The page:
Diadochokinesis, double-tongue, music, speech-language pathology, articulation
Communication Sciences and Disorders | Medicine and Health Sciences
Dr. Beth Macauley
Diadochokinetic tests consist of saying “Pa,” “ta,” and “ka” to test proper articulation. Double-tonguing in music allows wind players to separate their notes while playing quickly by placing the tongue in different positions, usually that of “ta” and “ka.” This study intended to see if there is a significant difference in the rates of those who can double-tongue and those who do not play wind instruments.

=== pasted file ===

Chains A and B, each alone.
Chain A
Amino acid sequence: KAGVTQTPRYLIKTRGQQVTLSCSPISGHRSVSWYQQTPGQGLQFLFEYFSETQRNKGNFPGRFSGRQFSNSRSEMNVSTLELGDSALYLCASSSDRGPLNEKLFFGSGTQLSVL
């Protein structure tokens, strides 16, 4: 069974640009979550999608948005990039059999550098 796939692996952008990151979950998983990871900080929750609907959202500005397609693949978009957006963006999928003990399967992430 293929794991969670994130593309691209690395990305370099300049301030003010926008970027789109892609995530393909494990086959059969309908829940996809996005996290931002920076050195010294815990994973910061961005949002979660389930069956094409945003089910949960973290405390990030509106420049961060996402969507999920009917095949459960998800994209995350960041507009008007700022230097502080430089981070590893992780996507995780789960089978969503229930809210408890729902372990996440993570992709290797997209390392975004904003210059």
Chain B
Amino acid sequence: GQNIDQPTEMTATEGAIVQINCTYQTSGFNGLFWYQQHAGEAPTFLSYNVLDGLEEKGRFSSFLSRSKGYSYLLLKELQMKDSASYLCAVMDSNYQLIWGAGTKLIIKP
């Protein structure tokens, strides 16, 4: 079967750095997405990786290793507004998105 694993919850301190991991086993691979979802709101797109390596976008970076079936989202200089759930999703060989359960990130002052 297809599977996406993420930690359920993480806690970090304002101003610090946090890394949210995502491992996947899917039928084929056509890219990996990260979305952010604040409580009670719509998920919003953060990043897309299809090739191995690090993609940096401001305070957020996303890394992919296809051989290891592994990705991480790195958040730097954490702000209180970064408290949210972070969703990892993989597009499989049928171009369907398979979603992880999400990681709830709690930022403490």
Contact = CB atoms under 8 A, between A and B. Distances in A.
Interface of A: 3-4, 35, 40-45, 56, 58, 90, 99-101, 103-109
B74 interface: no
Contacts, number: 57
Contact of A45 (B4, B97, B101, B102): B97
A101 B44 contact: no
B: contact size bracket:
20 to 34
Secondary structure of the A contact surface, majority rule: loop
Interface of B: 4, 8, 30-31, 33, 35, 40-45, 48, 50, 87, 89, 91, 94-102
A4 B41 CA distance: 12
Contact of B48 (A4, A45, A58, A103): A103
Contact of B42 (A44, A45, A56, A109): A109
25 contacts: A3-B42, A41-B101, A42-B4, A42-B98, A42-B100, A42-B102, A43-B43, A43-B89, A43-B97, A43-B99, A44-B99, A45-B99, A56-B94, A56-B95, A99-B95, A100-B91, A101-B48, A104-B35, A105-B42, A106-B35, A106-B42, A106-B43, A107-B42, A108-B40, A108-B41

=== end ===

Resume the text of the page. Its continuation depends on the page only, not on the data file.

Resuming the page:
The data involved a diadochokinetic exam and a segment of double-tonguing in musicians. For the diadochokinetic test, participants produced the “pa” sound in isolation ten times as fast as they could three separate times, and then the average time was determined. The same process was used with the “ta” and “ka” sounds in isolation, finishing with “pa-ta-ka.” For musicians, their playing was recorded and then analyzed to find the rate of double-tonguing. The data was then analyzed to look for a relationship between the ability to double-tongue and faster diadochokinetic rates.
Crossen, Natalie, "Does Ability to Double-Tongue Affect Speed of Articulation?" (2022). Honors Projects. 882.